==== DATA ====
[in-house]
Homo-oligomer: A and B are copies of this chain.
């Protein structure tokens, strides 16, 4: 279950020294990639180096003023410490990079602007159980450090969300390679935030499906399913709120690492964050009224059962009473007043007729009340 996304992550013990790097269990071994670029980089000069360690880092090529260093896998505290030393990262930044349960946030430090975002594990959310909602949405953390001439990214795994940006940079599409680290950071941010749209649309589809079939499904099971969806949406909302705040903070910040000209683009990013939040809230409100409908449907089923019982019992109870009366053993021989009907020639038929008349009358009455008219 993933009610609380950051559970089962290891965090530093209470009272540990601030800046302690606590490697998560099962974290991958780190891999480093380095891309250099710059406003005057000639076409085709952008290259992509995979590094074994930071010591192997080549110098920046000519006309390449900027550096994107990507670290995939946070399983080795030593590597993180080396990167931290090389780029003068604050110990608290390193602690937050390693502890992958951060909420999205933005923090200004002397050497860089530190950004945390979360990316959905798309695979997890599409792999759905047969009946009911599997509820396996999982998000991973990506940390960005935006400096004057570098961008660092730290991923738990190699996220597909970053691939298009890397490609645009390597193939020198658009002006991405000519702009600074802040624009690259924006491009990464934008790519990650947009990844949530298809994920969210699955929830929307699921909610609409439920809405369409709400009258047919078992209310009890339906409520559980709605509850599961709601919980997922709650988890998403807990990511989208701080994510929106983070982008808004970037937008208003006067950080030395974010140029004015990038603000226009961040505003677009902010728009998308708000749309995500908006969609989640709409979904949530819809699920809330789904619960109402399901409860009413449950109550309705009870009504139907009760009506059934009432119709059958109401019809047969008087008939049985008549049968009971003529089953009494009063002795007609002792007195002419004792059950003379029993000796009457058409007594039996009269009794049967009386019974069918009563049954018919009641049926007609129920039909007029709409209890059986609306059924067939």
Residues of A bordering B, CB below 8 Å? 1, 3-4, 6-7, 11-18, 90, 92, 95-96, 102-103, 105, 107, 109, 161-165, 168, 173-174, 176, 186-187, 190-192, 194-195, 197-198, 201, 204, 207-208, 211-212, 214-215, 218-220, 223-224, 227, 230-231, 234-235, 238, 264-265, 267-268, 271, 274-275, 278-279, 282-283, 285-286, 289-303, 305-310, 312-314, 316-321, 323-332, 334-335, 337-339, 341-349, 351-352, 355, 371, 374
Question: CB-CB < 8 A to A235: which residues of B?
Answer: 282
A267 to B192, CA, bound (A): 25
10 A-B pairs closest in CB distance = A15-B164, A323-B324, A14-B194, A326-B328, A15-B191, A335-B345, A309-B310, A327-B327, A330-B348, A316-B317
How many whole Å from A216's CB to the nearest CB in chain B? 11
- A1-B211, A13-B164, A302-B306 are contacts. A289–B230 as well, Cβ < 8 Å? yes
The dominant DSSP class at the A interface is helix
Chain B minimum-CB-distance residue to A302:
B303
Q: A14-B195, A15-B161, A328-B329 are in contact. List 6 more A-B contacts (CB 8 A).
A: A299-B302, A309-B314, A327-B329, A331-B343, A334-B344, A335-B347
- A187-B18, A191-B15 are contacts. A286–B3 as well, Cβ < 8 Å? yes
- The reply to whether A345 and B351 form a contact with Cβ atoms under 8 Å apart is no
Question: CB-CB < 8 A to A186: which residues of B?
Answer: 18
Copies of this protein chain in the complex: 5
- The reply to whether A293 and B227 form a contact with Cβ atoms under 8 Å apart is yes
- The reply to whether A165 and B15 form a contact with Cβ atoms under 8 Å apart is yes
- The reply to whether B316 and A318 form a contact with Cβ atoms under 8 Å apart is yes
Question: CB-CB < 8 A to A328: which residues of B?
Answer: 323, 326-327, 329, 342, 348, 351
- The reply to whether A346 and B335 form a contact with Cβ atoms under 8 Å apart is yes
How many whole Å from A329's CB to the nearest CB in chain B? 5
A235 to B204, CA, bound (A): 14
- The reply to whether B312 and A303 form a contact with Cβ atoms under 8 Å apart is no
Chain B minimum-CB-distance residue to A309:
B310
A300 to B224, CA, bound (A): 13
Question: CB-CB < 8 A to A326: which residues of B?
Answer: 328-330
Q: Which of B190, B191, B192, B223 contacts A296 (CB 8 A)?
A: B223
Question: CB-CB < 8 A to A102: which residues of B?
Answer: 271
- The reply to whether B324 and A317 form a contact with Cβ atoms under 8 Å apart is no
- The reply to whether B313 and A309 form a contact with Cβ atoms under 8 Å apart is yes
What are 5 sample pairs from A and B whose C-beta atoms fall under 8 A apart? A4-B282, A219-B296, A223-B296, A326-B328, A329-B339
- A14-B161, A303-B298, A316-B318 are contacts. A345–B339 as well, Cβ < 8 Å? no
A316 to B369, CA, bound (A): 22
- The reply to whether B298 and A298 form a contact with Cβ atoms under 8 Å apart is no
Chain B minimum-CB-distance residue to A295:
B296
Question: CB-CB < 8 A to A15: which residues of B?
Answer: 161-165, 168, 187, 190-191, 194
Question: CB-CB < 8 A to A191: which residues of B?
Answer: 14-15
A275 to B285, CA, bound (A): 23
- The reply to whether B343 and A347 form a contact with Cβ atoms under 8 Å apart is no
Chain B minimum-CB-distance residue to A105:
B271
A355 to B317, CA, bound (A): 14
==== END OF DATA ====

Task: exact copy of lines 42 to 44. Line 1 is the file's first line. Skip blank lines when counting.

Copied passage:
- A14-B161, A303-B298, A316-B318 are contacts. A345–B339 as well, Cβ < 8 Å? no
A316 to B369, CA, bound (A): 22
- The reply to whether B298 and A298 form a contact with Cβ atoms under 8 Å apart is no